Viewed that way, the pre-tax profit Qantas made overall last financial year of $500 million doesn’t look like a mountain of money given the capital expenses and structural problems the airline faces.
It underlines the lunacy of the Joyce pay rise.
And it means there is a limit to what the unions can “get.”
Were Qantas to go broke and follow Ansett into history, there would be no boss to screw, no pay rise to manipulate, no passengers to hold to ransom, no job security for rather obvious reasons, and no airline.
It’s true that Qantas has flagged possible retrenchment of up to 1,000 jobs in its coming restructure.
But the airline must change if it is to survive, and that change, inevitably, will hurt some people. But the overwhelming majority of its operations and staff will remain Australian-based, and whilst nobody likes job losses or firing people (and at times along the journey, in different roles, I’ve both lost my job and had to fire staff in the past), even if 1,000 jobs are lost, 34,000 Qantas jobs will continue.
I’m highly critical of the federal government’s handling of this matter: faced with Qantas’ high-stakes move in the dispute to ground the fleet, its own Fair Work Act equipped it with the power to circumvent the stoppage and issue a ministerial directive terminating all action on both sides and ordering the involved parties to conciliation and — if necessary — arbitration.
Instead, it acted under a different section of the Act, which meant the grounding — and the consequent chaos suffered by passengers around the world — ensued.
Having kicked that colossal own goal, it’s completely unacceptable for Julia Gillard and her ministers to now blame Qantas for causing the disruption in the first place; not least because the same outcome — conciliation and arbitration — has been reached, only with a lot more heartache in the process.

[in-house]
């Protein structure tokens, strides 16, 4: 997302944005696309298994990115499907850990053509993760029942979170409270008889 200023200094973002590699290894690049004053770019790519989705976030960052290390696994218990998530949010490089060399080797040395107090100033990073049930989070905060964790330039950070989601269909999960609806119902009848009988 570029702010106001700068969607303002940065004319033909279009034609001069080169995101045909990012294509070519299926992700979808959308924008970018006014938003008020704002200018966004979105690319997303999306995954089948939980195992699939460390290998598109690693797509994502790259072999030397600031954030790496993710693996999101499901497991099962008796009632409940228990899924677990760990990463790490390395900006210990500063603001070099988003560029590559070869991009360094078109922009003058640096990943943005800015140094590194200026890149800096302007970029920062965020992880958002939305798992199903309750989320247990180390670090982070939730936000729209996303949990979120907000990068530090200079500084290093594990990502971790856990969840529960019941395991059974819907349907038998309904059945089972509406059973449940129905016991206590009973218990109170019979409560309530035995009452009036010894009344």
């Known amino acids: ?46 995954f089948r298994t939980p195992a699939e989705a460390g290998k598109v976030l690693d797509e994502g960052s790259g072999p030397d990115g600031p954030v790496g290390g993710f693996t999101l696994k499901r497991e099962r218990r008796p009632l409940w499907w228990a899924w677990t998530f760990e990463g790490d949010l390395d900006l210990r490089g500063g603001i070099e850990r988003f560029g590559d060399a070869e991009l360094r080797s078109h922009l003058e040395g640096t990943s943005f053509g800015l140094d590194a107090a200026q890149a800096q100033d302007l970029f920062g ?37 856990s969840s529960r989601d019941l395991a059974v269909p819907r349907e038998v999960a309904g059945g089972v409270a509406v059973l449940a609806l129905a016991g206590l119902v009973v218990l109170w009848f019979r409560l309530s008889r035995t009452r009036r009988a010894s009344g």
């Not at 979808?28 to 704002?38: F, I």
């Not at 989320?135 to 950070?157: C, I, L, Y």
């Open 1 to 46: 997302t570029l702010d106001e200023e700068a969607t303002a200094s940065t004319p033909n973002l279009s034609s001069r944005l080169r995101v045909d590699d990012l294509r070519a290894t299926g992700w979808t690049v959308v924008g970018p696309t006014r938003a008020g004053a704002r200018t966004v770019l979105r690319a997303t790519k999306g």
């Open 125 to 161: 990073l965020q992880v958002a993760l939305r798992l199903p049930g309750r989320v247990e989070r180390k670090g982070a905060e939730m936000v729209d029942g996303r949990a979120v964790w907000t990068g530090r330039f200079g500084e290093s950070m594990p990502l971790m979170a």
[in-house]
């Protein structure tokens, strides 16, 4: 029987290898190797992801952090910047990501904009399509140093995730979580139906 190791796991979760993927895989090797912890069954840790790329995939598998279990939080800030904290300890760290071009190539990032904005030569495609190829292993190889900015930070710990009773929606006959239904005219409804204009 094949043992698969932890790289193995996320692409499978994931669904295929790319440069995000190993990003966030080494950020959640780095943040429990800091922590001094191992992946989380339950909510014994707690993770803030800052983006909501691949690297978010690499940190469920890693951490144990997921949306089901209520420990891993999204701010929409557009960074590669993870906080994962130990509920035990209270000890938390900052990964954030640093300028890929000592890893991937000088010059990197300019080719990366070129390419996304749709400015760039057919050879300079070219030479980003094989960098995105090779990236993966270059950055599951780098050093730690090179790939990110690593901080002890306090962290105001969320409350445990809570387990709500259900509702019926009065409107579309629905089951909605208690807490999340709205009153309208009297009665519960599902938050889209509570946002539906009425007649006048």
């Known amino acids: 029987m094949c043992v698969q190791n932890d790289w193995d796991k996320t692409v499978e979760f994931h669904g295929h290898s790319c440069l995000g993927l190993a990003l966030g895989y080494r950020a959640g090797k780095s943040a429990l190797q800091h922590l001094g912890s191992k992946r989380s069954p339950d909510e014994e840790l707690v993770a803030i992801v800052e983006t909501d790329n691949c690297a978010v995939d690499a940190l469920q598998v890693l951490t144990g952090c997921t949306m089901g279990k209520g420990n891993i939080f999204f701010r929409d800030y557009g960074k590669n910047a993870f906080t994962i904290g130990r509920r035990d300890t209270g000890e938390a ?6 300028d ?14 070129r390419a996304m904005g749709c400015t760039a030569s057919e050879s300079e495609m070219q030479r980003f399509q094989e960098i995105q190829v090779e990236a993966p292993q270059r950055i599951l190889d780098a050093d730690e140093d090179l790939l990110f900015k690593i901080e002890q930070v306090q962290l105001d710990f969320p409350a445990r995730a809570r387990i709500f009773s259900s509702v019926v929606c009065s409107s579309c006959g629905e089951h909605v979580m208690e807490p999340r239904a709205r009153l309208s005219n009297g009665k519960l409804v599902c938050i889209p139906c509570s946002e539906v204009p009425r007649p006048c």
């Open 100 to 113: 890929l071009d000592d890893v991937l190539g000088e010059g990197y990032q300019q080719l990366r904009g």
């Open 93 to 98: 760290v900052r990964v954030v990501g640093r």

Once again, the incompetence of the federal Labor government has been writ large for all to see; this time, on this issue, it couldn’t even use its own laws properly; and this time, there’s not a Green or an Independent in sight onto whom responsibility can (or ought) be dumped.
And Qantas — a large Australian company and employer of 35,000 people — has endured the industrial mischief of some of its unions for the past nine months and took what it saw as the only measure open to it to resolve matters once and for all.
My hope now is that the four parties involved — Qantas and the three unions involved in the stoush — will recognise that a line needs to be drawn, and that they enter the conciliation process in the next few weeks in good faith and strike what should be a relatively straightforward deal in which everyone gets some of what they want, but nobody gets everything, and in which all parties have to give a little ground to make the whole damned thing go away.
On a final note, during the few hours I was at Tullamarine Airport this afternoon, I left the passenger terminal to have a cigarette; there were two Qantas workers there smoking also who belong to one of the unions involved in the dispute.
Eavesdropping (as you do when people standing right next to you don’t care who hears what they say) I ascertained that their view — and presumably those of their colleagues — was that given Alan Joyce had the termination order he sought, their union bosses would cave in to Qantas management (and sell everyone out).
Is it any wonder each side in the dispute has so little faith in the other, if that’s the way the union workers feel about their own union bosses, let alone about Qantas…
As I said, we’ll follow this and discuss it further as need be.
Keep the comments and opinions coming; and for the (vast, vast) majority of you who haven’t commented, please be assured that posting comments under a pseudonym will keep your privacy — and anonymity — intact.